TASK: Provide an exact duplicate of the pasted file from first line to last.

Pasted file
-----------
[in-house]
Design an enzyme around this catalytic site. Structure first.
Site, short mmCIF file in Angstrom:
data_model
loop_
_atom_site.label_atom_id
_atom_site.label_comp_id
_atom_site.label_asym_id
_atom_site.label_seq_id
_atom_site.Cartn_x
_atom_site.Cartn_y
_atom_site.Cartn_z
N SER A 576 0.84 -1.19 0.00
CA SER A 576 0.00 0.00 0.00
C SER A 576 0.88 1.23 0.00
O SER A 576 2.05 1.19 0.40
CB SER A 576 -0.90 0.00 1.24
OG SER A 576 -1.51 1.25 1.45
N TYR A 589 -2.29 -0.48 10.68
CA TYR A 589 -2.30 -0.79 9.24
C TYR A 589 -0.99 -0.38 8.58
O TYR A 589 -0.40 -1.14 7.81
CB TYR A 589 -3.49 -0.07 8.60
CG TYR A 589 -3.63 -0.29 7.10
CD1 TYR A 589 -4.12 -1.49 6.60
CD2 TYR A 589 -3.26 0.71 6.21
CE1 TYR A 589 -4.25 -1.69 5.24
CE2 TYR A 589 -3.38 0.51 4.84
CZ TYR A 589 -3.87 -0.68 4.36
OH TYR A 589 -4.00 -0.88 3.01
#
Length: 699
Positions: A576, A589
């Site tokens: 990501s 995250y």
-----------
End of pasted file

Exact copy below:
[in-house]
Design an enzyme around this catalytic site. Structure first.
Site, short mmCIF file in Angstrom:
data_model
loop_
_atom_site.label_atom_id
_atom_site.label_comp_id
_atom_site.label_asym_id
_atom_site.label_seq_id
_atom_site.Cartn_x
_atom_site.Cartn_y
_atom_site.Cartn_z
N SER A 576 0.84 -1.19 0.00
CA SER A 576 0.00 0.00 0.00
C SER A 576 0.88 1.23 0.00
O SER A 576 2.05 1.19 0.40
CB SER A 576 -0.90 0.00 1.24
OG SER A 576 -1.51 1.25 1.45
N TYR A 589 -2.29 -0.48 10.68
CA TYR A 589 -2.30 -0.79 9.24
C TYR A 589 -0.99 -0.38 8.58
O TYR A 589 -0.40 -1.14 7.81
CB TYR A 589 -3.49 -0.07 8.60
CG TYR A 589 -3.63 -0.29 7.10
CD1 TYR A 589 -4.12 -1.49 6.60
CD2 TYR A 589 -3.26 0.71 6.21
CE1 TYR A 589 -4.25 -1.69 5.24
CE2 TYR A 589 -3.38 0.51 4.84
CZ TYR A 589 -3.87 -0.68 4.36
OH TYR A 589 -4.00 -0.88 3.01
#
Length: 699
Positions: A576, A589
């Site tokens: 990501s 995250y």